Microsoft also endorsed on-demand last November at an event many likened to the moment when the company jumped into the browser wars. According an internal memo obtained by BusinessWeek, the company acknowledged that it is once again late to a market but is trying to move quickly to catch rivals (see BW Online, 3/10/06, "Memo Outlines Microsoft's Plans").
And when Oracle shelled out $5.
8 billion for Siebel, Chief Executive Larry Ellison made it clear that one of the crown jewels that wouldn't be squandered was Siebel's fledgling CRM On-Demand software, which competes against Salesforce.
Public posturing aside, is any of the Big Three software vendors reengineering its business around on-demand software? Oracle has been in it the longest and may be most committed. But some purists quibble with Oracle's definition of on-demand: It is the the company's usual software with its maintenance outsourced, not a new, lightweight application written from the ground up to take advantage of the Web.
Still, Oracle has been giving companies the option since 1999, and hundreds of thousands of people access Oracle applications that way today. To up the ante, the company recently invested in a state-of-the-art data center in Texas and has more than 600 engineers working just on software-as-a-service R&D.
Juergen Rottler, executive vice-president for Oracle's on-demand business, says he expects that some 50% of its customer base will get at applications this way going forward. "Increasingly, customers aren't interested in running the software themselves," Rottler says.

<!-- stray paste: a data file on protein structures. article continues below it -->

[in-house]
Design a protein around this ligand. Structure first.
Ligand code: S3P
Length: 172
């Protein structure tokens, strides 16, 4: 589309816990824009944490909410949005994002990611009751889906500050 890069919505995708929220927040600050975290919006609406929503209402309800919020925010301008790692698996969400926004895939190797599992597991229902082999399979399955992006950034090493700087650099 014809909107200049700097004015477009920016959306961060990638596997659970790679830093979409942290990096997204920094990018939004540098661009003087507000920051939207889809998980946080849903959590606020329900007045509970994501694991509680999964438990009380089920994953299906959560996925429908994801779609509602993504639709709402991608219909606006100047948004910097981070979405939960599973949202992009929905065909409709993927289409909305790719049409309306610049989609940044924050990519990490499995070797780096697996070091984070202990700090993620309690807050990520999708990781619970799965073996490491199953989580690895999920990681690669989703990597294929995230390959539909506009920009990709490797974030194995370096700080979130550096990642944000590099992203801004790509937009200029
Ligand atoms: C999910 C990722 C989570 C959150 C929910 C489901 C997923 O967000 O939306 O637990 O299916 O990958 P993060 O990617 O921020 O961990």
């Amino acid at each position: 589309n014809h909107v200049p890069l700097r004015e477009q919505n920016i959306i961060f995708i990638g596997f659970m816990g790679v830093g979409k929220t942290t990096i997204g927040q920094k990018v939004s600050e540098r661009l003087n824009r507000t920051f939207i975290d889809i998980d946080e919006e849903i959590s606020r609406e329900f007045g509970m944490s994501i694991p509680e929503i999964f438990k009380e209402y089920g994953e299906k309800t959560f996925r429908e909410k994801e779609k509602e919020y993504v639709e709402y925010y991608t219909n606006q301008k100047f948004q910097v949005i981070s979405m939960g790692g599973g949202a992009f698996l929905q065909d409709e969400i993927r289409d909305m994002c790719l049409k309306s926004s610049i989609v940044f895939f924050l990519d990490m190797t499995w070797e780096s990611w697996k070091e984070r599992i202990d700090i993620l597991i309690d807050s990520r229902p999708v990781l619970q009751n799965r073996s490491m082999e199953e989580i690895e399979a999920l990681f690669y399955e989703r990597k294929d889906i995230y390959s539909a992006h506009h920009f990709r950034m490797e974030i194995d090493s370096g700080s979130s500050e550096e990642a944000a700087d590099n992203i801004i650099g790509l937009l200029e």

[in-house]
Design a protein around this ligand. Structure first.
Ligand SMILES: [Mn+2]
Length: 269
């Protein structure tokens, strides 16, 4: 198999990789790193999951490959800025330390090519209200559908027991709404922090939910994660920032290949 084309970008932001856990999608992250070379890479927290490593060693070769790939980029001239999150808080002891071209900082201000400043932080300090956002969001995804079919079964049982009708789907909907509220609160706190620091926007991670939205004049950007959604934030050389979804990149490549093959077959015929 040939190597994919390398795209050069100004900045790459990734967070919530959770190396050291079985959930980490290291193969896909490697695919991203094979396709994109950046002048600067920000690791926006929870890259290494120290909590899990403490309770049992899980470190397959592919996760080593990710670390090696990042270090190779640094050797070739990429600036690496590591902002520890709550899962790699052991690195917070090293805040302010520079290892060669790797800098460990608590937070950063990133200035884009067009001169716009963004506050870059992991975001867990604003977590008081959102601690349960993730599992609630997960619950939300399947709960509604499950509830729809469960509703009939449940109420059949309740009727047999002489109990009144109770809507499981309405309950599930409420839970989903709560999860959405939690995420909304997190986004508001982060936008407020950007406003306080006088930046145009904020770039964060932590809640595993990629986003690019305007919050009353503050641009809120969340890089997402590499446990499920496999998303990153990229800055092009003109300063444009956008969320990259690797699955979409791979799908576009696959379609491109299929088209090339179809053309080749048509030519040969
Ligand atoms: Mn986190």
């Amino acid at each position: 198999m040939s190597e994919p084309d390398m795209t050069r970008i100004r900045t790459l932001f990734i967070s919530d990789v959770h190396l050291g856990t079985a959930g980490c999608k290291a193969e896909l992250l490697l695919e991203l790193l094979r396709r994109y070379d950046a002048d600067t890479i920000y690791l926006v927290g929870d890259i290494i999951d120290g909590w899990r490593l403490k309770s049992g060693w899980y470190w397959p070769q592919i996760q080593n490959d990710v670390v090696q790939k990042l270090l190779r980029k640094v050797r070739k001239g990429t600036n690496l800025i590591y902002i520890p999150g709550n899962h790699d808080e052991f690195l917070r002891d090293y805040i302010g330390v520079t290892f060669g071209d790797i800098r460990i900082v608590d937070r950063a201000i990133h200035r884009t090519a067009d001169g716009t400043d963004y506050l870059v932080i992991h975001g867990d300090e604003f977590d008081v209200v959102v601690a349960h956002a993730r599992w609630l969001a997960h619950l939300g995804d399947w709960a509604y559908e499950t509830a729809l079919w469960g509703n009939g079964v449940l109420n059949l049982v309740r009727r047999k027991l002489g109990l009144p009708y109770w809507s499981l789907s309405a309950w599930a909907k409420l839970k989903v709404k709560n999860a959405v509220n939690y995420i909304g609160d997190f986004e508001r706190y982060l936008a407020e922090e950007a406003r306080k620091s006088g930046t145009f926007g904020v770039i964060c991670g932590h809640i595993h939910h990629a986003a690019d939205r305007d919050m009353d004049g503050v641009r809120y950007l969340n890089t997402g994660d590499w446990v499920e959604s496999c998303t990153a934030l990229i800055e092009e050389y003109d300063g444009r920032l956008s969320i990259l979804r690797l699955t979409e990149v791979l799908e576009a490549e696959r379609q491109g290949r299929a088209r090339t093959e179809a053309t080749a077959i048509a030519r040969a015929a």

Here's the rub: Oracle is in the middle of integrating a tangled mess of acquisitions. Even the company isn't sure of the fate of CRM On-Demand. Benioff takes the silence as proof things aren't going so well.
"Oracle has killed Siebel," quips Benioff. "The Siebel buildings are empty. There is no one home anymore. All of the top executives are gone."
Say what you will, Ellison clearly gets the picture when it comes to changing the software business model. He was an early investor in both Salesforce and NetSuite, an up-and-coming on-demand company that's likely to go public this year with a valuation as high as $1 billion.
And despite the fierce rivalry, Ellison still owns a sizable but undisclosed chunk of Salesforce -- although he has said he'd be happy to see that stake shrink to zero when Oracle steals its business. He also owns more than half of NetSuite, whose applications include just about everything needed to run a business, from CRM to order management.
As recently as a year ago, SAP executives downplayed the extent of customer desire to outsource the management of their software. And largely, the company is sticking to that view.
But SAP execs say customers are clamoring for a quicker, easier way to get up and running on applications, so the company launched an on-demand version of its CRM product earlier this year. Still, SAP is hardly transforming its business or trying to go toe-to-toe with other on-demand providers such as Salesforce.